This finding, from an environmental assessment report released Nov. 1 by the Food and Drug Administration, demands a swift response by the agency, including an accelerated timeline to implement an agricultural water standard for fruits and vegetables that protects public health.

❝ Unfortunately, FDA leaders have given no indication that they will do so. Absent a change, 2022 is the earliest that any produce farm, except those growing sprouts, will be required to meet the agency’s first food safety requirements for agricultural water. Small and midsize operations have been given even longer to comply.

This is unacceptable in the wake of last spring’s outbreak and the deaths and illnesses it caused. Food safety officials should apply in a matter of months—not years—lessons learned from the environmental assessment. Simultaneously, federal and state agencies, working together, should use their authority over canal water quality to require that water be treated to reduce foodborne pathogens before being used in produce fields.

And the time to act is NOW!

What does “dead” mean?

Should death be defined in strictly biological terms — as the body’s failure to maintain integrated functioning of respiration, blood circulation, and neurological activity? Should death be declared on the basis of severe neurological injury even when biological functions remain intact? Or is it essentially a social construct that should be defined in different ways?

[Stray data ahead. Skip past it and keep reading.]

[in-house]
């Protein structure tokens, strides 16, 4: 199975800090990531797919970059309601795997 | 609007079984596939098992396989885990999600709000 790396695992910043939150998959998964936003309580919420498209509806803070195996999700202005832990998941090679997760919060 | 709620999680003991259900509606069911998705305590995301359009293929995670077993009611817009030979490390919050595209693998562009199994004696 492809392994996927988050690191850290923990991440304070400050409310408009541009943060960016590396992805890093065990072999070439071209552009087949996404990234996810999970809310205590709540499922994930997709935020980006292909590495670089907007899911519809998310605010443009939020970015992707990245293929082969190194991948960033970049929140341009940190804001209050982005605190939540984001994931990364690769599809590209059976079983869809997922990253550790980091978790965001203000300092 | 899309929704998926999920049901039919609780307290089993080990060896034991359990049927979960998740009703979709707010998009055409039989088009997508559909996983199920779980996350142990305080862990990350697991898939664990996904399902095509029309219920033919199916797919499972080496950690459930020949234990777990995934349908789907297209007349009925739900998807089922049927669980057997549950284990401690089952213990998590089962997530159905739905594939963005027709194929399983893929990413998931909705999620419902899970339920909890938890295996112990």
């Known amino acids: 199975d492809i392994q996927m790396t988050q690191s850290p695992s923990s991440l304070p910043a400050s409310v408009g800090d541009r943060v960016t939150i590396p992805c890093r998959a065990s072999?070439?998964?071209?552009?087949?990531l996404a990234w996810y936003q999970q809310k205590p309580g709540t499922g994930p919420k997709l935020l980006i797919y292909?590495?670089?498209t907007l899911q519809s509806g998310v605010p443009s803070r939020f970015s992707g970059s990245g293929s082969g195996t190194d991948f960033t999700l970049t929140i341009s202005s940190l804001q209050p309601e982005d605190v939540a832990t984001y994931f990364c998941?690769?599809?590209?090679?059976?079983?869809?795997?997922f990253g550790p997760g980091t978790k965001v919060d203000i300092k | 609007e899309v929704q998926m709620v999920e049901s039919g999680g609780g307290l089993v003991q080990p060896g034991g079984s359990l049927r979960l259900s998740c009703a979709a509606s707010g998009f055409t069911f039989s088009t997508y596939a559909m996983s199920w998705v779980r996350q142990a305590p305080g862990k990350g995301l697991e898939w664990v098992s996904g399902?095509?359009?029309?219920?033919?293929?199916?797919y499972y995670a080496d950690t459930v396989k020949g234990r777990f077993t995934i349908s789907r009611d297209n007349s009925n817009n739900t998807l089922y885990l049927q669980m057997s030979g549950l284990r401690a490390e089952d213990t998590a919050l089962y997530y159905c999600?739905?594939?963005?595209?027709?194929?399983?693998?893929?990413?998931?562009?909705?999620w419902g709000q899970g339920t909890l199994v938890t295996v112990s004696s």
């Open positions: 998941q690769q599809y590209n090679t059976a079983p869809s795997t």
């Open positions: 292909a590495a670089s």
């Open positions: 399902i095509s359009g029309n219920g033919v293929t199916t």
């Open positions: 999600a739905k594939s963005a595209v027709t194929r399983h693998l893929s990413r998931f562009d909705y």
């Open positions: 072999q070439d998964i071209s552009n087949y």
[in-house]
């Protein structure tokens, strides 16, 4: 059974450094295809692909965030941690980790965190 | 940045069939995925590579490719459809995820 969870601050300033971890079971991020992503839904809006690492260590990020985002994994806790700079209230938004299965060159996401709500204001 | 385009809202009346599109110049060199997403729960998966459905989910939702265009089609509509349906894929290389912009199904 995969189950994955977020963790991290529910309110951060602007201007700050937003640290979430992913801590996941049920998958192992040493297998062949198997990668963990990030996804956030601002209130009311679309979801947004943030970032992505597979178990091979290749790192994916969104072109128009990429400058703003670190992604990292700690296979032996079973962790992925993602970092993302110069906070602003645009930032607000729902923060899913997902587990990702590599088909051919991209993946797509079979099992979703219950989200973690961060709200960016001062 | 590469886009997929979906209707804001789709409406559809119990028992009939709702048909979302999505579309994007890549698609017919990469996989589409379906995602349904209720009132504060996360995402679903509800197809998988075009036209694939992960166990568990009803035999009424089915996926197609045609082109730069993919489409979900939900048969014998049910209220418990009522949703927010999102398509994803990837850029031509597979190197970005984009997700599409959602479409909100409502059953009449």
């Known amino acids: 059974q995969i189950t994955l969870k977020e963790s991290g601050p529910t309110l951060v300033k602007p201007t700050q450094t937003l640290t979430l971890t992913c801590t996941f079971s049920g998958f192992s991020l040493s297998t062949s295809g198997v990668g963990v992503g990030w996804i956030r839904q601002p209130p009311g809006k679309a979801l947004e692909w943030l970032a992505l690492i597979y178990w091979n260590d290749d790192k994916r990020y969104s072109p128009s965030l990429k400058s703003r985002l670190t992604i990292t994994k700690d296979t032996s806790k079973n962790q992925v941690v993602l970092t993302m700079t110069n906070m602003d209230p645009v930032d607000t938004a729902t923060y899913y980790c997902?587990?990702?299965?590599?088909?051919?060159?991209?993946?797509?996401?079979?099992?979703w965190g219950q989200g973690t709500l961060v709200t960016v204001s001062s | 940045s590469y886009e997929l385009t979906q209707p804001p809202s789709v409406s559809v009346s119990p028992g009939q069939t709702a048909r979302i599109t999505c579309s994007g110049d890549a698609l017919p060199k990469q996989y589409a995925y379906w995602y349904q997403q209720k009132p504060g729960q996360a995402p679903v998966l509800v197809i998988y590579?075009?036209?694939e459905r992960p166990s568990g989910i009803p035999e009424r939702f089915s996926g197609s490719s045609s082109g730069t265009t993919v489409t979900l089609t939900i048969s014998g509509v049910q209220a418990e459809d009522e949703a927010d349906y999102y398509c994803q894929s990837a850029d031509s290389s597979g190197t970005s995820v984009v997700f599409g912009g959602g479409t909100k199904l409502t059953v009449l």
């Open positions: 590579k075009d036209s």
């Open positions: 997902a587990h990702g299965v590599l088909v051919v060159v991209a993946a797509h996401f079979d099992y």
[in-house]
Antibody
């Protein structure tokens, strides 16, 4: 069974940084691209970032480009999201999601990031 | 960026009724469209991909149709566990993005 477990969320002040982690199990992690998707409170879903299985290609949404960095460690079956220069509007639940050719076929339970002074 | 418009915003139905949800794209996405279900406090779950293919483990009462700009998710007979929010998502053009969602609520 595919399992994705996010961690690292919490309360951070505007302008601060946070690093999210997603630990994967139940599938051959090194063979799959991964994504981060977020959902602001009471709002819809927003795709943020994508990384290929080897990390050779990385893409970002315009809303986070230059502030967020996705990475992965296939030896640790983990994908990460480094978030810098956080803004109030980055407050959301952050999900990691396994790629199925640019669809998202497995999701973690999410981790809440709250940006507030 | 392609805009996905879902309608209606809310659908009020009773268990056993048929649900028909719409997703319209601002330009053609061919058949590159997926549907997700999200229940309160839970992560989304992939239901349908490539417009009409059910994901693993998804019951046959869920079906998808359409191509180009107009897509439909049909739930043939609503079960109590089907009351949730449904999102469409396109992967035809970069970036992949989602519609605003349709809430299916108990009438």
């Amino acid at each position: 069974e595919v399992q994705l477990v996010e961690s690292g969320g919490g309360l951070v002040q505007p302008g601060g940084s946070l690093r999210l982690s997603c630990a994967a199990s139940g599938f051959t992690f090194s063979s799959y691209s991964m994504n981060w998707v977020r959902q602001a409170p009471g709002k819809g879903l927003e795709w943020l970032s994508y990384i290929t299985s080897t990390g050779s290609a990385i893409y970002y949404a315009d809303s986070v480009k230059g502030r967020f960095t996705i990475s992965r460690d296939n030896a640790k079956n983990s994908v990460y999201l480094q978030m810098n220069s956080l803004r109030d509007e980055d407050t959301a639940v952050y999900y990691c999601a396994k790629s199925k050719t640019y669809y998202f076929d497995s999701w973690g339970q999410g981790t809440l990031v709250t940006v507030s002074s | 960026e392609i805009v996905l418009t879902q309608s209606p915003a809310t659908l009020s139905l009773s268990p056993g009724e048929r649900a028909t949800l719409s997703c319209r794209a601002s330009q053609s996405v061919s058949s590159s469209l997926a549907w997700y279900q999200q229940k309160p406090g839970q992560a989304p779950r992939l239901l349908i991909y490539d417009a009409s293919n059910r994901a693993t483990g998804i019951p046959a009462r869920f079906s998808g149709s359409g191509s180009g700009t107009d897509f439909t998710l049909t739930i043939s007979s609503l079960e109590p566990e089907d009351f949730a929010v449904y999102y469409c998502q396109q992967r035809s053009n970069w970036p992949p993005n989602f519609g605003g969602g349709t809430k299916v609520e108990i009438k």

❝ These are among the wide-ranging questions explored in a new special report, “Defining Death: Organ Transplantation and the Fifty-Year Legacy of the Harvard Report on Brain Death,”…The special report is a collaboration between The Hastings Center and the Center for Bioethics at Harvard Medical School.

Sometimes, these days, I think of death and dying. Some of us must. The old ones. I think of Dylan Thomas. I must needs think of science. Most of me pretty worn; but, I may provide a jot of knowledge simply for what I have experienced and survived.

Buy Bonds – and K Rations


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The K-ration was an individual daily combat food ration which was introduced by the United States Army during World War II. It provided three separately boxed meal units: breakfast, dinner (lunch) and supper (dinner).

More than most American homeless might count on, nowadays.

Taking aim

❝ Rebecca Cunningham of the University of Michigan in Ann Arbor became acquainted with guns at a tender age: When she was 5 years old, her mother kicked out her violent husband, who had beaten her and threatened to kill her. And she bought a gun.

❝ Today, Cunningham, who once watched her mother tuck that pistol in her purse as she headed to the shooting range, is directing the largest gun research grant that the U.S. National Institutes of Health (NIH) has awarded in at least 30 years. With $4.9 million from NIH’s child health institute and a team of 27 researchers at 12 institutions, she is on a mission to jump-start gun injury research on a population as vulnerable as she once was: U.S. children and teenagers, for whom guns are the second-leading cause of death.

As a hunter [in younger years] and gun owner with ethical concerns, I have to endorse this sort of research. The cynic in me still says cowardly politicians have no interest in the popular will of Americans vis-a-vis guns and gun control – but, it’s always worth extending our knowledge and continuing the fight.